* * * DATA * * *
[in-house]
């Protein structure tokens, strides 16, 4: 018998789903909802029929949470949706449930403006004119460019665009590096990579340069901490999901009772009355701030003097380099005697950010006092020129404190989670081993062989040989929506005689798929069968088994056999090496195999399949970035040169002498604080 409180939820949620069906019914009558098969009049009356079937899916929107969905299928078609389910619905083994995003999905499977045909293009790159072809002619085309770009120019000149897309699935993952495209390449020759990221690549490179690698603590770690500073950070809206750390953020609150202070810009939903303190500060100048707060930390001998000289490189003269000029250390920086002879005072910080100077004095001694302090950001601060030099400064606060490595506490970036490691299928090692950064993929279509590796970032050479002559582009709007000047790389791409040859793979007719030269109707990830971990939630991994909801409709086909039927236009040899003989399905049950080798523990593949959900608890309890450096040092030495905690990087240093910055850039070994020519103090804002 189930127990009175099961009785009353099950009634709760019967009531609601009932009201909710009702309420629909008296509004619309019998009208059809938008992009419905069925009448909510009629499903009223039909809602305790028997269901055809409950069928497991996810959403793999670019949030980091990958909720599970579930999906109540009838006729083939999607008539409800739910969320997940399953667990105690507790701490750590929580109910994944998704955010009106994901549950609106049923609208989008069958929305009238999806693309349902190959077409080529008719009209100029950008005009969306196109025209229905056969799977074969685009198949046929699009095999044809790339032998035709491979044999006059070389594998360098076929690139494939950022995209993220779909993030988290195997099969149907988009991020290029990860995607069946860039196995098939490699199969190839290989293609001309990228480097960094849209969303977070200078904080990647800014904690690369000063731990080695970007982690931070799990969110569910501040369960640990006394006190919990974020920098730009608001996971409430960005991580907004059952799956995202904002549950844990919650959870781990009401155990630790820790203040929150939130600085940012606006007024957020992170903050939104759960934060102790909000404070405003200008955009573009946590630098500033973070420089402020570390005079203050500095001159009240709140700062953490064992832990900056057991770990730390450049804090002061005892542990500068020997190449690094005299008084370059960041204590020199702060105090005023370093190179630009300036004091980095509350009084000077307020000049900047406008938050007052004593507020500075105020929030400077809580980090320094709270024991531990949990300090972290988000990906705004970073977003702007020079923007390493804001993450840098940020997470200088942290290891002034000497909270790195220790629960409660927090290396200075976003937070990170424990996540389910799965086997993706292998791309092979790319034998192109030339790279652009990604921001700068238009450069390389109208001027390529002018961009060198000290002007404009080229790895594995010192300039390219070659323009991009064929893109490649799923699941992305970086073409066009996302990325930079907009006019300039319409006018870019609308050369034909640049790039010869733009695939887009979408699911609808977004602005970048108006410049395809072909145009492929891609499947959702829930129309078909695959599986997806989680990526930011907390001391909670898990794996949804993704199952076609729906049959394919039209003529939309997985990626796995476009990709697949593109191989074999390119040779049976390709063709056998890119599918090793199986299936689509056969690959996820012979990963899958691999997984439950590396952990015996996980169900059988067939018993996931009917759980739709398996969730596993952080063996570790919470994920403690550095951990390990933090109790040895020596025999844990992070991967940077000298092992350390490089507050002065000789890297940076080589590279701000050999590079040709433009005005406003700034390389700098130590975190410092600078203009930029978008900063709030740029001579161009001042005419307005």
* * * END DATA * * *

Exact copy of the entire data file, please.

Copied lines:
[in-house]
């Protein structure tokens, strides 16, 4: 018998789903909802029929949470949706449930403006004119460019665009590096990579340069901490999901009772009355701030003097380099005697950010006092020129404190989670081993062989040989929506005689798929069968088994056999090496195999399949970035040169002498604080 409180939820949620069906019914009558098969009049009356079937899916929107969905299928078609389910619905083994995003999905499977045909293009790159072809002619085309770009120019000149897309699935993952495209390449020759990221690549490179690698603590770690500073950070809206750390953020609150202070810009939903303190500060100048707060930390001998000289490189003269000029250390920086002879005072910080100077004095001694302090950001601060030099400064606060490595506490970036490691299928090692950064993929279509590796970032050479002559582009709007000047790389791409040859793979007719030269109707990830971990939630991994909801409709086909039927236009040899003989399905049950080798523990593949959900608890309890450096040092030495905690990087240093910055850039070994020519103090804002 189930127990009175099961009785009353099950009634709760019967009531609601009932009201909710009702309420629909008296509004619309019998009208059809938008992009419905069925009448909510009629499903009223039909809602305790028997269901055809409950069928497991996810959403793999670019949030980091990958909720599970579930999906109540009838006729083939999607008539409800739910969320997940399953667990105690507790701490750590929580109910994944998704955010009106994901549950609106049923609208989008069958929305009238999806693309349902190959077409080529008719009209100029950008005009969306196109025209229905056969799977074969685009198949046929699009095999044809790339032998035709491979044999006059070389594998360098076929690139494939950022995209993220779909993030988290195997099969149907988009991020290029990860995607069946860039196995098939490699199969190839290989293609001309990228480097960094849209969303977070200078904080990647800014904690690369000063731990080695970007982690931070799990969110569910501040369960640990006394006190919990974020920098730009608001996971409430960005991580907004059952799956995202904002549950844990919650959870781990009401155990630790820790203040929150939130600085940012606006007024957020992170903050939104759960934060102790909000404070405003200008955009573009946590630098500033973070420089402020570390005079203050500095001159009240709140700062953490064992832990900056057991770990730390450049804090002061005892542990500068020997190449690094005299008084370059960041204590020199702060105090005023370093190179630009300036004091980095509350009084000077307020000049900047406008938050007052004593507020500075105020929030400077809580980090320094709270024991531990949990300090972290988000990906705004970073977003702007020079923007390493804001993450840098940020997470200088942290290891002034000497909270790195220790629960409660927090290396200075976003937070990170424990996540389910799965086997993706292998791309092979790319034998192109030339790279652009990604921001700068238009450069390389109208001027390529002018961009060198000290002007404009080229790895594995010192300039390219070659323009991009064929893109490649799923699941992305970086073409066009996302990325930079907009006019300039319409006018870019609308050369034909640049790039010869733009695939887009979408699911609808977004602005970048108006410049395809072909145009492929891609499947959702829930129309078909695959599986997806989680990526930011907390001391909670898990794996949804993704199952076609729906049959394919039209003529939309997985990626796995476009990709697949593109191989074999390119040779049976390709063709056998890119599918090793199986299936689509056969690959996820012979990963899958691999997984439950590396952990015996996980169900059988067939018993996931009917759980739709398996969730596993952080063996570790919470994920403690550095951990390990933090109790040895020596025999844990992070991967940077000298092992350390490089507050002065000789890297940076080589590279701000050999590079040709433009005005406003700034390389700098130590975190410092600078203009930029978008900063709030740029001579161009001042005419307005």